When I first saw the cover art for Eclipse Three I knew immediately it was right. Following his own passion for great science fiction art, Jeremy Lassen had searched out and found something special: an unpublished piece of art by the late Richard Powers. Powers was possibly the greatest artist ever to work in the science fiction field, producing more than eight hundred science fiction paintings during a long and distinguished career that saw him produce iconic covers for Robert Heinlein, Isaac Asimov, Arthur C. Clarke, and many, many more. Although when Powers started his career his work fit the conventional pulp paperback style of the day, he quickly evolved a Surrealist style that was influenced by the likes of Picasso and Yves Tanguy, but was highly personal and very much his own.

The painting was perfect for Eclipse because it was vibrant, rich, and evocative. It suggested something hip and cool, but it didn't prescribe anything. It spoke directly to the essence of what I thought an Eclipse volume should be—varied, engaging, and ever changing. It also had connections to the science fiction world that I couldn't resist. The first volume of Damon Knight's classic Orbit series of anthologies had a Powers cover, as did the first volume of Pohl's Star and one of Robert Silverberg's New Dimensions. He'd also done some classic covers for books that had meant an enormous amount to me, like R. A. Lafferty's Nine Hundred Grandmothers.

I was sufficiently thrilled by the cover that I wanted to know more. After all, how likely is it that unpublished Powers art of this caliber still existed? As it turns out the provenance of the art is as mysterious as the image Powers created. His agent Jane Frank told me that information on the work was severely limited. It is signed "Powers Laz/org," as he signed all of his commercial work, which suggests it was done for publication. But there's no information on it having been published. It has the hallmarks of a Powers book cover—layout, collage style, signature, etc.—but no other information. It is a mystery. And for me, that makes it perfect. A mysterious cover—bright and filled with energy—for a mysterious book. It's my hope that, when you've read the group of stories that make up this latest Eclipse you'll think it's perfect too.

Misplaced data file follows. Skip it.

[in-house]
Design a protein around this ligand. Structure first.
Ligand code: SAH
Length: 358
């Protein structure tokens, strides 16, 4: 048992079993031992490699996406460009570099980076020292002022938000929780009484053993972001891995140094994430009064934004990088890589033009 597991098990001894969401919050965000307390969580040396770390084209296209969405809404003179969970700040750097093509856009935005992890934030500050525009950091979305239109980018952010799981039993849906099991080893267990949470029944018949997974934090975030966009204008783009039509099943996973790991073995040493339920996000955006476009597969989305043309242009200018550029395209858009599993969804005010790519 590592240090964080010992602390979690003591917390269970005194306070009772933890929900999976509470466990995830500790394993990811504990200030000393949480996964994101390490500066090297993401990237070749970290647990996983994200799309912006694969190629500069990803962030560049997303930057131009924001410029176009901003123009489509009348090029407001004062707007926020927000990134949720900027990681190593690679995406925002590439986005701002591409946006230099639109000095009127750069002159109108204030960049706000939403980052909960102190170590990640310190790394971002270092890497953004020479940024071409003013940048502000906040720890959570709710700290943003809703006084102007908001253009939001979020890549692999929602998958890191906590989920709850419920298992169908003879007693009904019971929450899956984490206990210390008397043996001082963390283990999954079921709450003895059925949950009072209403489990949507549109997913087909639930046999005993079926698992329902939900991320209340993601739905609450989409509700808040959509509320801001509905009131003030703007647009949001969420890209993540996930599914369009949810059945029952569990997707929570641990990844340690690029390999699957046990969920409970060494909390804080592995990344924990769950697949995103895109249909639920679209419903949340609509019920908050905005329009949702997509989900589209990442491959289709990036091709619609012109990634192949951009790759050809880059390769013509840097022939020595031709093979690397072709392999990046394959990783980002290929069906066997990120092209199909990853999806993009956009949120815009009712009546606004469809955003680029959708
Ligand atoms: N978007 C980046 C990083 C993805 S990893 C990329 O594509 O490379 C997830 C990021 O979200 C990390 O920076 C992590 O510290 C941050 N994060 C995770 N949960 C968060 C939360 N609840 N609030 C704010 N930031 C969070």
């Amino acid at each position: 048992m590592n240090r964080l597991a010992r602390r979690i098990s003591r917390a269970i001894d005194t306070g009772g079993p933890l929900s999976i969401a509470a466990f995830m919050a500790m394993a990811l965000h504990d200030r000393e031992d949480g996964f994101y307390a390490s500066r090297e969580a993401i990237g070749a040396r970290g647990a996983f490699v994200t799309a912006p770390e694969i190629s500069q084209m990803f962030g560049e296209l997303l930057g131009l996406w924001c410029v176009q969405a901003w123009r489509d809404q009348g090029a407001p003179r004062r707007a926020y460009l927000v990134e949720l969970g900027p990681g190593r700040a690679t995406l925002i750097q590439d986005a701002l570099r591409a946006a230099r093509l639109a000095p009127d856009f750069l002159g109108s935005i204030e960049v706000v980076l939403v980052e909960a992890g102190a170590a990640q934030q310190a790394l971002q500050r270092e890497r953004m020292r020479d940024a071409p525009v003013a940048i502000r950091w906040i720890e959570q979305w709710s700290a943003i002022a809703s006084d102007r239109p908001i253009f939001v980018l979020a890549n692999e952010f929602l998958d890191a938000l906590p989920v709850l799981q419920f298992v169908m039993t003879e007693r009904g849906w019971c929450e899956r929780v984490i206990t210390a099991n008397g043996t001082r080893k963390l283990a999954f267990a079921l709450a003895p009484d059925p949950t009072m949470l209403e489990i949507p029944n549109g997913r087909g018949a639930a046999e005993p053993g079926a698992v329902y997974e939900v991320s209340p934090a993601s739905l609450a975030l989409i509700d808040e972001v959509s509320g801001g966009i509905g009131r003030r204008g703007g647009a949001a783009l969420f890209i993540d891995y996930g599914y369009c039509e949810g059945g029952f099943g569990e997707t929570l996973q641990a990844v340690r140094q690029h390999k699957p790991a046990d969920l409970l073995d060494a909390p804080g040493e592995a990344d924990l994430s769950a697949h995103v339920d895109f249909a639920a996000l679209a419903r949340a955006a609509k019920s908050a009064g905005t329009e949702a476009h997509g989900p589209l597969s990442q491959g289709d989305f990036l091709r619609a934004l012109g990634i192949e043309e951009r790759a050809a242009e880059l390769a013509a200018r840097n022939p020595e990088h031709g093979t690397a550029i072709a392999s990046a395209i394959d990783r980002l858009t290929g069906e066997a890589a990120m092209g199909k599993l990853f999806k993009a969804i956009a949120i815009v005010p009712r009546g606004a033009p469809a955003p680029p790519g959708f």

Before I hand you over to the stories, though, a few thanks. Eclipse Three exists because of the generosity and dedication of Jeremy Lassen, Jason Williams, Ross Lockhart, and John Joseph Adams at "the Shade." Without them this book literally wouldn't and couldn't exist. I'd also like to thank the contributors to the book who have let me publish such wonderful work, and Jane Frank at the Powers Estate. As always, though, my greatest thanks goes to my wife Marianne, who has been there for every difficult moment I went through getting us here.

And last, thanks goes to you, the reader, for picking up this book and being willing to enter the worlds contained within it. Whether you were there for Eclipse One and Eclipse Two, or this is your first time under its darkling skies, welcome, and I hope to see you here again next year.

Jonathan Strahan
Perth, Western Australia
July 2009